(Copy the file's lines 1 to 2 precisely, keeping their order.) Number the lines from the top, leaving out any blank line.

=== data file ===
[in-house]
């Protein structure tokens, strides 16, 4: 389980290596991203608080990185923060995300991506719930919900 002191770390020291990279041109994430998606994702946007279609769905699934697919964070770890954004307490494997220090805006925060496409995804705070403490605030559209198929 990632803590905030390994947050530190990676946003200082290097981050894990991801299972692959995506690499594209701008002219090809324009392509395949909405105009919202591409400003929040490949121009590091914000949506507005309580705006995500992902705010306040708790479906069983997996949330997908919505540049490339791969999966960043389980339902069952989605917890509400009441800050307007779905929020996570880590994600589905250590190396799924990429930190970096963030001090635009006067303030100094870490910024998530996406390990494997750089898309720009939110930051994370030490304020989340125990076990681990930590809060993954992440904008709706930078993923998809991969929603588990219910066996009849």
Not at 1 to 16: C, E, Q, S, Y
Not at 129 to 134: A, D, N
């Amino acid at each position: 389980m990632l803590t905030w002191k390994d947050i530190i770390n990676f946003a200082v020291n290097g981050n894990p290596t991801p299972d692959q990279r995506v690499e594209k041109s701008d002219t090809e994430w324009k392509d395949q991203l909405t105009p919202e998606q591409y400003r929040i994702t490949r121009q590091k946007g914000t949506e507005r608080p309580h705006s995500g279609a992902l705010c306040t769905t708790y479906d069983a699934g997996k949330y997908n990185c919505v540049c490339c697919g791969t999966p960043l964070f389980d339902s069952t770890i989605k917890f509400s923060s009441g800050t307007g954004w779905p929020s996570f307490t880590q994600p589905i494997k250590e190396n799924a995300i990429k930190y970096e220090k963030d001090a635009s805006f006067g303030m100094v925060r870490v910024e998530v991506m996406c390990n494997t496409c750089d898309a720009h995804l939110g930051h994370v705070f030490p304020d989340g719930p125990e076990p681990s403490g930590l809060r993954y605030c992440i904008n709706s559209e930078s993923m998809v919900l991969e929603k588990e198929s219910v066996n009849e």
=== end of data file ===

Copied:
[in-house]
């Protein structure tokens, strides 16, 4: 389980290596991203608080990185923060995300991506719930919900 002191770390020291990279041109994430998606994702946007279609769905699934697919964070770890954004307490494997220090805006925060496409995804705070403490605030559209198929 990632803590905030390994947050530190990676946003200082290097981050894990991801299972692959995506690499594209701008002219090809324009392509395949909405105009919202591409400003929040490949121009590091914000949506507005309580705006995500992902705010306040708790479906069983997996949330997908919505540049490339791969999966960043389980339902069952989605917890509400009441800050307007779905929020996570880590994600589905250590190396799924990429930190970096963030001090635009006067303030100094870490910024998530996406390990494997750089898309720009939110930051994370030490304020989340125990076990681990930590809060993954992440904008709706930078993923998809991969929603588990219910066996009849």